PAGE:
I can sense that Bolton is preparing to unleash his bomb too, now that he has lost any hope of getting any sense out of Trump and his closest advisers.

That may unravel soon.


Top
 Profile  
 
PostPosted: Sat Nov 23, 2019 4:32 pm 
Offline
User avatar

Joined: Tue Jan 31, 2012 11:05 am
Posts: 9918
Interesting read.

https://www.independent.co.uk/voices/trump-fox-interview-impeachment-hearings-health-a9214576.html?amp


Top
 Profile  
 
PostPosted: Sat Nov 23, 2019 4:36 pm 
Offline
User avatar

Joined: Tue Jan 31, 2012 11:05 am
Posts: 9918
https://www.google.com/amp/s/abcnews.go.com/amp/Politics/congressional-subpoena-impeachment-probe/story%3fid=66586558


Top
 Profile  
 
PostPosted: Sat Nov 23, 2019 4:44 pm 
Offline
User avatar

Joined: Tue Jan 31, 2012 11:05 am
Posts: 9918
Interesting from Fox News senior judicial analyst:

https://thehill-com.cdn.ampproject.org/v/s/thehill.com/homenews/media/471725-foxs-napolitano-sees-evidence-to-justify-about-three-or-four-articles-of?amp_js_v=a2&amp_gsa=1&amp&usqp=mq331AQCKAE%3D#referrer=https%3A%2F%2Fwww.google.com&amp_tf=From%20%251%24s&ampshare=https%3A%2F%2Fthehill.com%2Fhomenews%2Fmedia%2F471725-foxs-napolitano-sees-evidence-to-justify-about-three-or-four-articles-of


Top
 Profile  
 
PostPosted: Sat Nov 23, 2019 5:00 pm 
Offline
User avatar

Joined: Wed Feb 20, 2019 2:59 pm
Posts: 481
TheFrog wrote:
I can sense that we are coming to a turning point of this investigation soon. I can see Congress asking for testimonies from the two mafiosi associated with Giuliani and then sending Giuliani to jail if he refuses to testify (as this is their right). That message will be also for Bolton.

I can sense that Bolton is preparing to unleash his bomb too, now that he has lost any hope of getting any sense out of Trump and his closest advisers.

That may unravel soon.

Isn't this part over now?


Top
 Profile  
 
PostPosted: Sat Nov 23, 2019 5:07 pm 
Offline
User avatar

Joined: Wed Feb 20, 2019 2:59 pm
Posts: 481
Bret Stephens in the failing New York times. Stephens is interesting. A disgruntled conservative.

Quote:
The United States Is Starting to Look Like Ukraine

Why the president must be impeached and removed.

Donald Trump ought to be impeached and removed from office. This isn’t what I thought two months ago, when the impeachment inquiry began. I argued that the evidence fell short of the standards of a prosecutable criminal act. I also feared impeachment might ultimately help Trump politically, as it had helped Bill Clinton in 1998. That second worry might still prove true.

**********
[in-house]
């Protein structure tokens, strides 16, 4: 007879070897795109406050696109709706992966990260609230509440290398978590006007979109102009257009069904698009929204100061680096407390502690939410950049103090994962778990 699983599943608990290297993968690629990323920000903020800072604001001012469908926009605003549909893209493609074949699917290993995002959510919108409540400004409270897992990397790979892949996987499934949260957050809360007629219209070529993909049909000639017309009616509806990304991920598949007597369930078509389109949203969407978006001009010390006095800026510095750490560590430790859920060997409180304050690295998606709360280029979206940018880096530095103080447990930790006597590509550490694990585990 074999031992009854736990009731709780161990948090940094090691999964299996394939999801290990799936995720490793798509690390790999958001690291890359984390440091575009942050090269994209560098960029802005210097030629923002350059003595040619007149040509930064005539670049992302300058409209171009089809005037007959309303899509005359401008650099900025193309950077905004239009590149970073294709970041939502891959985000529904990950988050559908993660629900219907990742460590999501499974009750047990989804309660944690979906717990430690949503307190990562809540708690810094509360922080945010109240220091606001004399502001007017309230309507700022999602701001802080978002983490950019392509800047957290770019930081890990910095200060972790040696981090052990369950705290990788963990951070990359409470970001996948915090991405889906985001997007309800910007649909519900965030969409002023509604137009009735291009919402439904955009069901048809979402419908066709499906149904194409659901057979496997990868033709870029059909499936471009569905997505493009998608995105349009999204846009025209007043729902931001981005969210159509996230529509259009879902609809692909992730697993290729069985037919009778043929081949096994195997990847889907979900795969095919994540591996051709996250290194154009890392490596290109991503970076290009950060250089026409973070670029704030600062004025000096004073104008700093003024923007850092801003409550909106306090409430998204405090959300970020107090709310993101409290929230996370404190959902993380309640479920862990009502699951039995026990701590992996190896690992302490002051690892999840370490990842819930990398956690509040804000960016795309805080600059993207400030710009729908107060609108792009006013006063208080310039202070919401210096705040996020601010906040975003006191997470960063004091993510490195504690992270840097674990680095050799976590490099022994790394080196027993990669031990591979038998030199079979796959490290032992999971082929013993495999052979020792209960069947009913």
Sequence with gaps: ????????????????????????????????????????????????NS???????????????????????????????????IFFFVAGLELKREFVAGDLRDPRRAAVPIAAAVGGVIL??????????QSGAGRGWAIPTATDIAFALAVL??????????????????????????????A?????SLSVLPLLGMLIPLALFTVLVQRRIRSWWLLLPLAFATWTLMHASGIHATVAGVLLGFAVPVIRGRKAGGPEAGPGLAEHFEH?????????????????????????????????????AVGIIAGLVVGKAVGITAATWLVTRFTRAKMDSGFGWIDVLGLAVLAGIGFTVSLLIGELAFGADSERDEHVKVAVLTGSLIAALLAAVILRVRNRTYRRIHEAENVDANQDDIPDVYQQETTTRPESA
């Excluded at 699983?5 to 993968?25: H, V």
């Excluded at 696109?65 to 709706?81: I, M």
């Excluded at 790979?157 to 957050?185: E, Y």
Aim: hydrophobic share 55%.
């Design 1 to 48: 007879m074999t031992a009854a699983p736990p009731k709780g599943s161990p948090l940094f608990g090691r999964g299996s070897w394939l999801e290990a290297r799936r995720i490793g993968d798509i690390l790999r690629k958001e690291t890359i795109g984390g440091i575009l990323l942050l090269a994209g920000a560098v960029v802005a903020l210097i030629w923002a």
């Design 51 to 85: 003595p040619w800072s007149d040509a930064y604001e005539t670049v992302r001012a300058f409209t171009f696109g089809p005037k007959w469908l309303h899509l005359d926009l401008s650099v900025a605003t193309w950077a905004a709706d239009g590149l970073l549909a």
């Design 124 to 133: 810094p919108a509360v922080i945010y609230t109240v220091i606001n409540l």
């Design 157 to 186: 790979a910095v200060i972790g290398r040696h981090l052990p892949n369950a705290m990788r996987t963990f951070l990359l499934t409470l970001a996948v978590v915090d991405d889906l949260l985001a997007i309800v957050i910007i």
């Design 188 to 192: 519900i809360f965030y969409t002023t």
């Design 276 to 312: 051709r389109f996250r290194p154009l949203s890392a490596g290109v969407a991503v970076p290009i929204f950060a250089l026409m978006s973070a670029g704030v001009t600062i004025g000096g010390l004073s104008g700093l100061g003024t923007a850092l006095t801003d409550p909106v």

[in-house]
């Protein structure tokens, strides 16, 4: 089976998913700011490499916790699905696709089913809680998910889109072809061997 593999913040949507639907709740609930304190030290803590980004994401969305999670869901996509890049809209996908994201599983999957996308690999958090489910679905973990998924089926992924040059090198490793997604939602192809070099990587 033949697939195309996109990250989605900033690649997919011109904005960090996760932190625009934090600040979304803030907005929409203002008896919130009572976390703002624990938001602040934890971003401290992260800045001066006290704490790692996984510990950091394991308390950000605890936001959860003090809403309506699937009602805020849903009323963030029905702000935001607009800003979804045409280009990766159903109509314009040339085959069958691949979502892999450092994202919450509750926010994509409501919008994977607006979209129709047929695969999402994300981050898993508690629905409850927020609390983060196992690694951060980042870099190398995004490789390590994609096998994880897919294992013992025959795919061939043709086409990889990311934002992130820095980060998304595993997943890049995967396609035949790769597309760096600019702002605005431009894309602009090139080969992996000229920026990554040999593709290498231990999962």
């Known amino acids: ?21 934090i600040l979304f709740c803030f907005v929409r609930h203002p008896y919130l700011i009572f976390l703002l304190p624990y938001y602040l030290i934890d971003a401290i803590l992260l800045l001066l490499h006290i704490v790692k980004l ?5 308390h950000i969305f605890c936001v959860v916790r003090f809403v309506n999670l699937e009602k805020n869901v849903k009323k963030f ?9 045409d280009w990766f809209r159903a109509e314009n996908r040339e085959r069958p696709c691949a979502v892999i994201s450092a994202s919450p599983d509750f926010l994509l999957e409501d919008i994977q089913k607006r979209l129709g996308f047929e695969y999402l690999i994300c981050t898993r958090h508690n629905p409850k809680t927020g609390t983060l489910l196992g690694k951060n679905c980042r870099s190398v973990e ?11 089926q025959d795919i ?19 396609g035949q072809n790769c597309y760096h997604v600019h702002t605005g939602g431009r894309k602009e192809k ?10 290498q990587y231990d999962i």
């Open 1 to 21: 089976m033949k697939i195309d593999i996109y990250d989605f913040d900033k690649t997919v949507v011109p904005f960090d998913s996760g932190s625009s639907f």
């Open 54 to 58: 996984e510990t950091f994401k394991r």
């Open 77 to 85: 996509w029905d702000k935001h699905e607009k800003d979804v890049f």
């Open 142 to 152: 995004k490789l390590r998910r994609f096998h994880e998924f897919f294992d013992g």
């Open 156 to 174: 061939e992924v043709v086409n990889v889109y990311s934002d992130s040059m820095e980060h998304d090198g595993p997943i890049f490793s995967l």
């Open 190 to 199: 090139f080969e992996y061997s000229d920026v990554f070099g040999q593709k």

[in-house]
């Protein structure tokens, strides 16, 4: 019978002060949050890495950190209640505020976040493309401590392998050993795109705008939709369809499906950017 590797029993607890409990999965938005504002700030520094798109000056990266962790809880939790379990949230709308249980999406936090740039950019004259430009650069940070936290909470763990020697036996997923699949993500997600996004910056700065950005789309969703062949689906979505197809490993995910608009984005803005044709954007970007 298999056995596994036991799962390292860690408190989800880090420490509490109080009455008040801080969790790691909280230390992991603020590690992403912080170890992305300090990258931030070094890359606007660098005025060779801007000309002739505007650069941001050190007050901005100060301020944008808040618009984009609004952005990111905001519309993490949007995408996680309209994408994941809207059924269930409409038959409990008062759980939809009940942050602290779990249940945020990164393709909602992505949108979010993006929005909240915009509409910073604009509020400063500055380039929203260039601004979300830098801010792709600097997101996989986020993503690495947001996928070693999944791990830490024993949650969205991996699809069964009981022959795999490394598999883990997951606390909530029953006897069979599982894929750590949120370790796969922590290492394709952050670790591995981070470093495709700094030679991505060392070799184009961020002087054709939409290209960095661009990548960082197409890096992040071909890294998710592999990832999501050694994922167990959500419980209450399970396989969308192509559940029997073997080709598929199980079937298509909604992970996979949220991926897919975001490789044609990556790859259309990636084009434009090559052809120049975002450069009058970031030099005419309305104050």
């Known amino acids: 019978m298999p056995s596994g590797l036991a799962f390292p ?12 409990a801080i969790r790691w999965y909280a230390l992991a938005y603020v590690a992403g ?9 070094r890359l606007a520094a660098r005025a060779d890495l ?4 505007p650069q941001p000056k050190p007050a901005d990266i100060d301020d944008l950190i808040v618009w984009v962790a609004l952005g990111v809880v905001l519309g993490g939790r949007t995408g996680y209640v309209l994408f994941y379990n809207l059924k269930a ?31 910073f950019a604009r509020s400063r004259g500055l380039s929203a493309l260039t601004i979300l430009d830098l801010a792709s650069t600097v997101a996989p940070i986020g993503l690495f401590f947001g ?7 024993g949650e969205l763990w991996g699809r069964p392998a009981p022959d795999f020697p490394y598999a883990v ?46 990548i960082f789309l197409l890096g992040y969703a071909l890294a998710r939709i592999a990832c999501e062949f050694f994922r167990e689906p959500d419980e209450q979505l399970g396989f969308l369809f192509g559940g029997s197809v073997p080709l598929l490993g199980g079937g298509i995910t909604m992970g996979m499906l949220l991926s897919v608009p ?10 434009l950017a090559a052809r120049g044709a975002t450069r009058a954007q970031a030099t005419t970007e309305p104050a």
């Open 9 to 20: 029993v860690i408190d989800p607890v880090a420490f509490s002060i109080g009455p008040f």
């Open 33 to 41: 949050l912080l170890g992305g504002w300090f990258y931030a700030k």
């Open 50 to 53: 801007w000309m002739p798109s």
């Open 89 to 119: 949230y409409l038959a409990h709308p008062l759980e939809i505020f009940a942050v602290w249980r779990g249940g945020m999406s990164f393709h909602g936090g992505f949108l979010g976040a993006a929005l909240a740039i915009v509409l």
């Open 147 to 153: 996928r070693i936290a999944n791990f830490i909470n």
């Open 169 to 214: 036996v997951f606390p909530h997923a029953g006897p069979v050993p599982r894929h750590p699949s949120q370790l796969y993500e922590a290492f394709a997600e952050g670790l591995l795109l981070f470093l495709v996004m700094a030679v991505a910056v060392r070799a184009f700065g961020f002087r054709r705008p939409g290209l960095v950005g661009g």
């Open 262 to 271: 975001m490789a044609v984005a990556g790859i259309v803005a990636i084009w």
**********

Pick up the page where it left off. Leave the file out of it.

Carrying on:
But if the congressional testimonies of Marie Yovanovitch, Bill Taylor, Gordon Sondland, Alexander Vindman and especially Fiona Hill make anything clear, it’s that the president’s highest crime isn’t what he tried to do to, or with, Ukraine.

It’s that he’s attempting to turn the United States into Ukraine. The judgment Congress has to make is whether the American people should be willing, actively or passively, to go along with it.

I’ve followed Ukrainian politics fairly closely since 1999, when I joined the staff of The Wall Street Journal Europe. It has consistent themes that should sound familiar to American ears.

The first theme is the criminalization of political differences. Years before Trump led his followers in “Lock Her Up” chants against Hillary Clinton, then-Ukrainian President Viktor Yanukovych did exactly that against his own political rival, Yulia Tymoshenko, who was sentenced to seven years in prison on a variety of byzantine charges after she had narrowly lost the 2010 election.

She spent three years in prison before her release during the 2014 Maidan Revolution. Key to Yanukovych’s efforts to discredit Tymoshenko was — who else? — Paul Manafort.

A second theme is the use of political office as a shield against criminal prosecution and as a vehicle for personal and familial enrichment. Why have so many of Ukraine’s oligarchs — including Burisma Holdings founder Mykola Zlochevsky — also served as government ministers? Simple: Because, until recently, it shielded them from criminal prosecution thanks to parliamentary immunity, while also providing them with the means to use government power for their own benefit.